LONDON — Feeling in the depths of despair and angst one day toward the end of last November, a desperate internet search for “one-term American presidencies” sucked me firmly down the Wikipedia rabbit hole of American political history.
It was there, with a good portion of my productive afternoon gone, that I stumbled across a photo (see above) of former President William and First Lady Ida McKinley with the Flower Delegation of Oil City, Pennsylvania. The delegation posed on McKinley’s front porch in Canton, Ohio, where he hosted a series of visits known as his “front porch campaign” during the 1896 election season.
The photograph with McKinley is significant given that a presidential candidate saw the importance of their work and their small but influential voice in a key populace.
But what struck me as interesting about this group of women, who were working on one segment of the women’s suffrage movement, was the oddly empty space in history reserved for them. I was shockingly ignorant to them until very recently.
Little has been preserved about these women’s stories as well, aside from a brief New York Times article lauding Pennsylvania for sending its “best looking girls” to meet with the future president.
At a time when the majority of American women did not yet have the basic and fundamental right to reach for the ballot box, the Flower Delegation quietly wielded their influence through their husbands, brothers, fathers and uncles who could, advocating for policies and politicians that promised more equal treatment. It would be some 24 years before the passing of the 19th Amendment gave all women the right to vote.
The work of these women, and all those who fought to ensure an equal voice, is powerful and should be remembered as we stand at another precipice in history.
Rights in peril
We face the inauguration of a new leadership that seeks to put women’s rights and issues on the chopping block. With the incoming administration, many things are in peril: Planned Parenthood funding and preventative education for women, health care coverage, equality and equal pay for all genders in the workplace, paid family leave and child care provisions and acknowledgement and protection from sexual harassment and discrimination.
With the majority of Congress, state governments and legislatures all within the control of a single party, the Supreme Court ripe for manipulating and the remaining checks and balances of a Senate filibuster laid vulnerable, we are facing an unprecedented situation of hegemonic power that is simply not normal.
This is scary and threatens those of us who view women’s issues less as partisan positions and more as basic human rights that transcend politics. We feel it necessary to reaffirm the cause of a faithful few taken up more than a century ago: our right to be heard.
Don’t get down, get up
That day in November, when I (and probably many of us) did not feel like getting out of bed, when we were all poised to cruise on autopilot through the next four or even eight years but found ourselves suddenly in the throes of turbulence at the hands of grossly unskilled pilots, we were forced not only to wake up but — more importantly — to get up.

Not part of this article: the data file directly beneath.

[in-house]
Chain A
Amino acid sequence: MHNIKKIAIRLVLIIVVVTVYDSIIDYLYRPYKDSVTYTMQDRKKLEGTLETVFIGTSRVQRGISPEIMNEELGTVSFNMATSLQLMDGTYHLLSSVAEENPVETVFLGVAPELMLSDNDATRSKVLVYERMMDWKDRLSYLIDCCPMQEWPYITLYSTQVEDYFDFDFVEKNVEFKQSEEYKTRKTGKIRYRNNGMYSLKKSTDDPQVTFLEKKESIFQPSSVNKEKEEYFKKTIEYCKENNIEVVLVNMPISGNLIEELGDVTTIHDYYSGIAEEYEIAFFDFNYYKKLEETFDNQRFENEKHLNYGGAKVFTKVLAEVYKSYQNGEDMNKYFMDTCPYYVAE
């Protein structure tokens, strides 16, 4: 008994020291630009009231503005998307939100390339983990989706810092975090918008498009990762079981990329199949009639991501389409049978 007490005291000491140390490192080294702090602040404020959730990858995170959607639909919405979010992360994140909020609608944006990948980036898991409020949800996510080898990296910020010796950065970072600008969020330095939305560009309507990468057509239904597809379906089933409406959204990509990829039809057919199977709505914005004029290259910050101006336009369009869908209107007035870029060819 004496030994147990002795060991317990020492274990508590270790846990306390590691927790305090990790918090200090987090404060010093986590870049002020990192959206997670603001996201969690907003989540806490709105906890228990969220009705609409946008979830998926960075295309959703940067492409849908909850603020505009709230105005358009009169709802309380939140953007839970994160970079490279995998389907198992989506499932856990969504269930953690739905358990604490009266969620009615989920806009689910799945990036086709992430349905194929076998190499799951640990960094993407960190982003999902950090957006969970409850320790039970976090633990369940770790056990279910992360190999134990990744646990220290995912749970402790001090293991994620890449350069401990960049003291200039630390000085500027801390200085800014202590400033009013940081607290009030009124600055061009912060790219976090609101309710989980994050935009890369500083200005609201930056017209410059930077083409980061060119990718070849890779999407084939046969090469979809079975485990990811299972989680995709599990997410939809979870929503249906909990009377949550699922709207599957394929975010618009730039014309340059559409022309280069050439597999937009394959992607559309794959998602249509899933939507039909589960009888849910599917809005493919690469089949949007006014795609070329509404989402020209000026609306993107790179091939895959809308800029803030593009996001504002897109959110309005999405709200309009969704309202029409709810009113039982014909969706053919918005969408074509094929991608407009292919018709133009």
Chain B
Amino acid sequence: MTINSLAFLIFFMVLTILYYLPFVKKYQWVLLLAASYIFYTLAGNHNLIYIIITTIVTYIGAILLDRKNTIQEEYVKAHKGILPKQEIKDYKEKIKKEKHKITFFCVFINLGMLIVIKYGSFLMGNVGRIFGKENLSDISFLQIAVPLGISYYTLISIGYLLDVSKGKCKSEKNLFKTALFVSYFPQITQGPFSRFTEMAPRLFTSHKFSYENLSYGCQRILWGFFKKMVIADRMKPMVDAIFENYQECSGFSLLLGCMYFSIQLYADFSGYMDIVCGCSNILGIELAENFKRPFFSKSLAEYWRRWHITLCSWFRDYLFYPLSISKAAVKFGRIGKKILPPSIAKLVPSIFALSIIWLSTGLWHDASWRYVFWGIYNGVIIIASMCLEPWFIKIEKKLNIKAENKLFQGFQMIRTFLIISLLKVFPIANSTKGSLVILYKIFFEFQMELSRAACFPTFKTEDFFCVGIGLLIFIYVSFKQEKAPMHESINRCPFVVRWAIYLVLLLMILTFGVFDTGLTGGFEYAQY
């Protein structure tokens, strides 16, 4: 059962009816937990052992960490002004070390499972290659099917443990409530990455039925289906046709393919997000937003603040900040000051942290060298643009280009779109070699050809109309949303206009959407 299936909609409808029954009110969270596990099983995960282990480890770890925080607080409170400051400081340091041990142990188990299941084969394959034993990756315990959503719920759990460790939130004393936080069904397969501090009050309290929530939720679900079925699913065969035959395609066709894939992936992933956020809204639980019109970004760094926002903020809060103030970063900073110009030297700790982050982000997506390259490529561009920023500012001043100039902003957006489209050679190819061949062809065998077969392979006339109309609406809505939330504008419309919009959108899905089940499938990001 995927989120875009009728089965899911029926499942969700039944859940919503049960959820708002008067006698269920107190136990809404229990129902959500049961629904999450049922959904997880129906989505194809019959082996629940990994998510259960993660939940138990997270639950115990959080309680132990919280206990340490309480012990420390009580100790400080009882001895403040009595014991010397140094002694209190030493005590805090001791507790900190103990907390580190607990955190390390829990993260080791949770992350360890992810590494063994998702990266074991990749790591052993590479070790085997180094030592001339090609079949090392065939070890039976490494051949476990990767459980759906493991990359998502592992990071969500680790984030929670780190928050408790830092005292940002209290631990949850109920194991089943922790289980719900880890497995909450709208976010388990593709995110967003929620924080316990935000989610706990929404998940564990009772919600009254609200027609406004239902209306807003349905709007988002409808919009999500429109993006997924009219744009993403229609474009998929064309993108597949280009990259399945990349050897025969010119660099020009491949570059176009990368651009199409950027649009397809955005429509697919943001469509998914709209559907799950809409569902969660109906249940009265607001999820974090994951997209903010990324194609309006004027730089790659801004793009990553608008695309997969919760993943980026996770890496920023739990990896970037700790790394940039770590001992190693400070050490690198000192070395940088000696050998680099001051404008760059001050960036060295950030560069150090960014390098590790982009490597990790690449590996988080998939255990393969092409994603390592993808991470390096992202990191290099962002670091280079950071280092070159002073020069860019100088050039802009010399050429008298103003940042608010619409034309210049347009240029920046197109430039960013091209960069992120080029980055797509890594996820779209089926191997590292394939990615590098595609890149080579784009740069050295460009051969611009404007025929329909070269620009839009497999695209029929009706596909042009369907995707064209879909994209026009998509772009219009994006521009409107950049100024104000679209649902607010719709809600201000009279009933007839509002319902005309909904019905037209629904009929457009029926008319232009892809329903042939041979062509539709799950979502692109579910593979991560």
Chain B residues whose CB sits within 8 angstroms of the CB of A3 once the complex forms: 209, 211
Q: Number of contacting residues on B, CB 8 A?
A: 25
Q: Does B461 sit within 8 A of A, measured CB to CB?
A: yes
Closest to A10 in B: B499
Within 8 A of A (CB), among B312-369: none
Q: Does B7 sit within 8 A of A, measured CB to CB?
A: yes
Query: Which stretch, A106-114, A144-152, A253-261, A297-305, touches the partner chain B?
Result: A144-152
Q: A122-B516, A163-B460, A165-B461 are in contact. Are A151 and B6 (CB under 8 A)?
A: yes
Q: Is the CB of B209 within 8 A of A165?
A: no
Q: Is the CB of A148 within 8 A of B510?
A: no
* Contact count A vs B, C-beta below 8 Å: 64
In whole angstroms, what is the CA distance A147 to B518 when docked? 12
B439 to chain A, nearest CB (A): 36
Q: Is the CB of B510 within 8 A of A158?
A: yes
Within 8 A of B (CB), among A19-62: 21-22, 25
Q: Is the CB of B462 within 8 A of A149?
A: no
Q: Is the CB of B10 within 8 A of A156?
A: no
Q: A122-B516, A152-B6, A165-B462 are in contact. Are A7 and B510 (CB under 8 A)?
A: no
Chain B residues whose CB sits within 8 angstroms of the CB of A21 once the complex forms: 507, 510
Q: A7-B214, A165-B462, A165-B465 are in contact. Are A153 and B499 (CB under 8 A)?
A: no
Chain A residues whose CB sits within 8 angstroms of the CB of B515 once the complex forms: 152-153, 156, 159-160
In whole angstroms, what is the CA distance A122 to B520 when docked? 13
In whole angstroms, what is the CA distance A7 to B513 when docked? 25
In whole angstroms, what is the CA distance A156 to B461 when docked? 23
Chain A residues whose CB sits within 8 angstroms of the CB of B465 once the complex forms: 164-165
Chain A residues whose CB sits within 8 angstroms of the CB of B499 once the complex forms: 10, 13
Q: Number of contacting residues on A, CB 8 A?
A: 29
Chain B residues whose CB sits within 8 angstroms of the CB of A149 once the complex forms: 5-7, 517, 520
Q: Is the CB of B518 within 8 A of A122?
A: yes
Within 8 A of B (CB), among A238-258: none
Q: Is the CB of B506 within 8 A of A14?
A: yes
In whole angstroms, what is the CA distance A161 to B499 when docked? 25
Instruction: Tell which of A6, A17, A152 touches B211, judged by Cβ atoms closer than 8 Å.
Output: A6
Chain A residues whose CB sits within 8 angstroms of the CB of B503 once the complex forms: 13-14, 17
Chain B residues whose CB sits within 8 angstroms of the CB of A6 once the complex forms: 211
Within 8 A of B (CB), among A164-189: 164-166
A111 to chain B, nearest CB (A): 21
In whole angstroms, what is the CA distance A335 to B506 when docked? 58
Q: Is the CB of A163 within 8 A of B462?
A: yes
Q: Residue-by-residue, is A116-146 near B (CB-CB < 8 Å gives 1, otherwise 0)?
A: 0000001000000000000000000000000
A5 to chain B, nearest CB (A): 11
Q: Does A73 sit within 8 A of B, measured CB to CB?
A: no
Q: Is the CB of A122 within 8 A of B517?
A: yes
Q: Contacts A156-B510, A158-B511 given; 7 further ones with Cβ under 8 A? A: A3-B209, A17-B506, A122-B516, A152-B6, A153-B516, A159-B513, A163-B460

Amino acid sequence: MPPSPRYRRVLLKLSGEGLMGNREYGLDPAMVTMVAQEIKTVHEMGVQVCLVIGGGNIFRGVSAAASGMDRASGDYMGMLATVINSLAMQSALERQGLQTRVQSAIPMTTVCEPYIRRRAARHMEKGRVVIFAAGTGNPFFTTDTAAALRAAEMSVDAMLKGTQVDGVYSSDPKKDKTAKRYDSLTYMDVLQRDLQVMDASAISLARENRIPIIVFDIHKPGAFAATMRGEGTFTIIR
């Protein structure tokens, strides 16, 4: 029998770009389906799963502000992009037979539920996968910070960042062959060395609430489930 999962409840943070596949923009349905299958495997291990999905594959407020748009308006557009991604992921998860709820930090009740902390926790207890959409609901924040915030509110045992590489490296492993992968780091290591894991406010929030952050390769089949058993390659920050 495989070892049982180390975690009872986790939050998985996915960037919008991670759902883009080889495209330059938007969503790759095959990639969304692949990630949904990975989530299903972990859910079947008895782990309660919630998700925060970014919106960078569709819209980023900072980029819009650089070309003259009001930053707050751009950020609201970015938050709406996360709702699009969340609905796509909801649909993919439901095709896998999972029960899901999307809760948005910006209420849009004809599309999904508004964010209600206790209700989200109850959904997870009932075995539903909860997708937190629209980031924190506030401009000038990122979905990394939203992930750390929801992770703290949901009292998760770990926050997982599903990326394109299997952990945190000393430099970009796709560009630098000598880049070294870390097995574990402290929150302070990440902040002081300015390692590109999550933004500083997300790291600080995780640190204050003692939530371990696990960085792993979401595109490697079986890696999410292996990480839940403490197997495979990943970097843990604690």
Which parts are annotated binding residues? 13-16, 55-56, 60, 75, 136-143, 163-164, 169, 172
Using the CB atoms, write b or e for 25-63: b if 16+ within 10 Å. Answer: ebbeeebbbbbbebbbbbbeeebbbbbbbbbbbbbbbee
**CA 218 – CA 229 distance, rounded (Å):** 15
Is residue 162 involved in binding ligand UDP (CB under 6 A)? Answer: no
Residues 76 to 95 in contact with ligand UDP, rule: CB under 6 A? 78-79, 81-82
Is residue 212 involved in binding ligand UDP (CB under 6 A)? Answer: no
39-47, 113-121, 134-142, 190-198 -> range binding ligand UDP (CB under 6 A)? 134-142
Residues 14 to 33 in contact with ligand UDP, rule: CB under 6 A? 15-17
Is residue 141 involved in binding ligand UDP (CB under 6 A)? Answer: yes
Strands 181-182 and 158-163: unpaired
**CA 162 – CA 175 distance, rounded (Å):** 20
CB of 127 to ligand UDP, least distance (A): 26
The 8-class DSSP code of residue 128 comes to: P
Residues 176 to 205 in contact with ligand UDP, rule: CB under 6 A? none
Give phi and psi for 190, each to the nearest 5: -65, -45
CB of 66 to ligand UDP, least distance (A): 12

Like the cause of America’s earliest suffragettes, this crusade will be difficult. Raising our voices in a Trump administration will be uncomfortable, awkward and even painful, but we know the voices of opposition will only grow louder and more divisive as the months and years go on. We will have to amplify our own to grow more thunderous over a competing crescendo that is designed to drown out and distract.
Actions to be taken
The Saturday after the inauguration, women and men from across America and all over the world will get out of bed, lace up our shoes and hit the streets in the same spirit of diversity, equality, inclusion and democracy that led the generations before us to stand up and speak out.
Yet crucially, the most important work only starts from there, because we recognize that the job is far from over. We will keep our veritable boots on beyond Saturday.
For many of us, that means calling congressmen and women in our districts to express our concerns and hold them accountable. For others, that means renewing our own personal passions to build stronger communities for ourselves and our most vulnerable. For others still, we will knock on doors and sign up for volunteer slots.
We will discover the small but vibrant organizations around us that need our support the most. We will learn not just to reach across the political aisle but to cross our own streets to talk to neighbors and even strangers. We will offer up greater support to the immense responsibility of a free and fair press to remind us all of the truths that are becoming increasingly less self evident. Some of us will even answer the call to take up offices of our own to have an even greater stake in the formation of our democracy.
Create a more equitable future
In whatever way, in as much capacity as we have, we will find a place to plug in, and we will learn once again and after all that, when it comes to change, we were always the ones we had been waiting for. From the Flower Delegation to the 19th Amendment to the ordinary women working to do extraordinary things today, it has always been on us to create a more equitable future.
The 2020 general election season will coincide with the 100th anniversary of women’s right to vote in the United States, and history has shown us that women who speak up for economic interests and social solidarities via channels of protest do so in interconnected ways to the concerns of their male counterparts.
Basically, what is good for women benefits all.
The coming years will be challenging, but we may yet reach that plateau and be able to look back and marvel at how incredibly far we’ve come.